Journal article

Planck early results. III. First assessment of the Low Frequency Instrument in-flight performance

A Mennella, M Bersanelli, RC Butler, A Curto, F Cuttaia, RJ Davis, J Dick, M Frailis, S Galeotta, A Gregorio, H Kurki-Suonio, CR Lawrence, S Leach, JP Leahy, S Lowe, D Maino, N Mandolesi, M Maris, E Martinez-Gonzalez, PR Meinhold Show all

Astronomy & Astrophysics | EDP SCIENCES S A | Published : 2011

Grants

Awarded by Science and Technology Facilities Council


Awarded by UK Space Agency


Funding Acknowledgements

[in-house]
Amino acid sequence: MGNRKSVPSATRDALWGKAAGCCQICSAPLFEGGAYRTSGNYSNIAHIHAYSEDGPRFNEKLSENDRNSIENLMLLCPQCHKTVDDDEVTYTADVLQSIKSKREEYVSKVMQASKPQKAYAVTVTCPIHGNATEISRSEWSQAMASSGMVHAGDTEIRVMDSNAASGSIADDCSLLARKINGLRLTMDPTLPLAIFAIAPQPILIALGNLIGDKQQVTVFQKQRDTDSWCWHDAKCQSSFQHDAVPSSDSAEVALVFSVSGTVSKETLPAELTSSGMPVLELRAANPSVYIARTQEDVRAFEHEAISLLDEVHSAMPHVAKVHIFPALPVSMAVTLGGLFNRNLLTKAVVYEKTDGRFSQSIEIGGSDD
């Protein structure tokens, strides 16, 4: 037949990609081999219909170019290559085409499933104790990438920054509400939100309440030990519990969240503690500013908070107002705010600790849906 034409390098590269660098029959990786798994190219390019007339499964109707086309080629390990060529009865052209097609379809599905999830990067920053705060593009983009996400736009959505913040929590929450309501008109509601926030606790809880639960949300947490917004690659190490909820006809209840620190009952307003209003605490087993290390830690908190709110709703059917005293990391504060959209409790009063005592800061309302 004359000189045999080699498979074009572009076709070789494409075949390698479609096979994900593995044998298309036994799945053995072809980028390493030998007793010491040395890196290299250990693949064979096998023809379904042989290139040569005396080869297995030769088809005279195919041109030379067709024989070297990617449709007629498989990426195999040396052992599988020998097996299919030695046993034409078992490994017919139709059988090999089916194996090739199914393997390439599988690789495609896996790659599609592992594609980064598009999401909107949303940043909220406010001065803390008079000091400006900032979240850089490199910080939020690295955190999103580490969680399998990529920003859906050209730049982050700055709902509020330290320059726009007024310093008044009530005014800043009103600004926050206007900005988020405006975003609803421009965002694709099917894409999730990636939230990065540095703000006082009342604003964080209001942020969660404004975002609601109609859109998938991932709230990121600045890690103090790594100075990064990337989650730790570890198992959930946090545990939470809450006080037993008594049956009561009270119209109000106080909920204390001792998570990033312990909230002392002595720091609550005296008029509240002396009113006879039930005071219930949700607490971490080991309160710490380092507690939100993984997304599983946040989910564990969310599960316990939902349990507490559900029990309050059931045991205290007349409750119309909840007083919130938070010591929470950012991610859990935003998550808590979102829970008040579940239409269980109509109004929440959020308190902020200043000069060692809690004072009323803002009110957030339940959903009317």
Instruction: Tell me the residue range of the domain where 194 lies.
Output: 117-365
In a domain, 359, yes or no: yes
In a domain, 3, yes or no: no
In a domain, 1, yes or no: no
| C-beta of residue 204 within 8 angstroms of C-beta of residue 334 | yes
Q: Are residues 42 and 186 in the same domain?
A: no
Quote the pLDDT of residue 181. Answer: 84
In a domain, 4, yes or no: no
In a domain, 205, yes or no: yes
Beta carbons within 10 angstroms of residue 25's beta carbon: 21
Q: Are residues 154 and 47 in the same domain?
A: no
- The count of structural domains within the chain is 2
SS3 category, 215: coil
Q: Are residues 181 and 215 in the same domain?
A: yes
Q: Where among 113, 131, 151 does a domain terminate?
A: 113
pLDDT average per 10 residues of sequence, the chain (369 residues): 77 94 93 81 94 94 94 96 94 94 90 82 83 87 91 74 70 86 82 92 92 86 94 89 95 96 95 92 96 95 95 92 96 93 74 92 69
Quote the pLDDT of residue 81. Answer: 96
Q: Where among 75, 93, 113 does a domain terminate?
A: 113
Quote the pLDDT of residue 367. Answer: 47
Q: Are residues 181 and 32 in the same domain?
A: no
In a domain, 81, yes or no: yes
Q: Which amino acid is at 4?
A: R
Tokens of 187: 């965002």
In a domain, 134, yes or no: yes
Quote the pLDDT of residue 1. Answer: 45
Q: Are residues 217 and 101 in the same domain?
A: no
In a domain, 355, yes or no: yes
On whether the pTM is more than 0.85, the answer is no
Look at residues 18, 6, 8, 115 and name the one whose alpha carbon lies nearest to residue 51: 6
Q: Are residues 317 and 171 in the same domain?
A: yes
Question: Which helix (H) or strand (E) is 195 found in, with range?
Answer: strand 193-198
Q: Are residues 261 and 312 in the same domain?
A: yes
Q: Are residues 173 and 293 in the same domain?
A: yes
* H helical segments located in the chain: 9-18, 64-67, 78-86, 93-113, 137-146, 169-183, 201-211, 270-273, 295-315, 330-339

Planck (http://www.esa.int/Planck) is a project of the European Space Agency (ESA) with instruments provided by two scientific consortia funded by ESA member states (in particular the lead countries France and Italy), with contributions from NASA (USA) and telescope reflectors provided by a collaboration between ESA and a scientific consortium led and funded by Denmark.r Planck is too large a project to allow full acknowledgement of all contributions by individuals, institutions, industries, and funding agencies. The main entities involved in the mission operations are as follows. The European Space Agency operates the satellite via its Mission Operations Centre located at ESOC (Darmstadt, Germany) and coordinates scientific operations via the Planck Science Office located at ESAC (Madrid, Spain). Two Consortia, comprising around 50 scientific institutes within Europe, the USA, and Canada, and funded by agencies from the participating countries, developed the scientific instruments LFI and HFI, and continue to operate them via Instrument Operations Teams located in Trieste (Italy) and Orsay (France). The Consortia are also responsible for scientific processing of the acquired data. The Consortia are led by the Principal Investigators: J.-L. Puget in France for HFI (funded principally by CNES and CNRS/INSU-IN2P3) and N. Mandolesi in Italy for LFI (funded principally via ASI). NASA's US Planck Project, based at JPL and involving scientists at many US institutions, contributes significantly to the efforts of these two Consortia. In Finland, the Planck LFI 70 GHz work was supported by the Finnish Funding Agency for Technology and Innovation (Tekes). This work was also supported by the Academy of Finland, CSC, and DEISA (EU).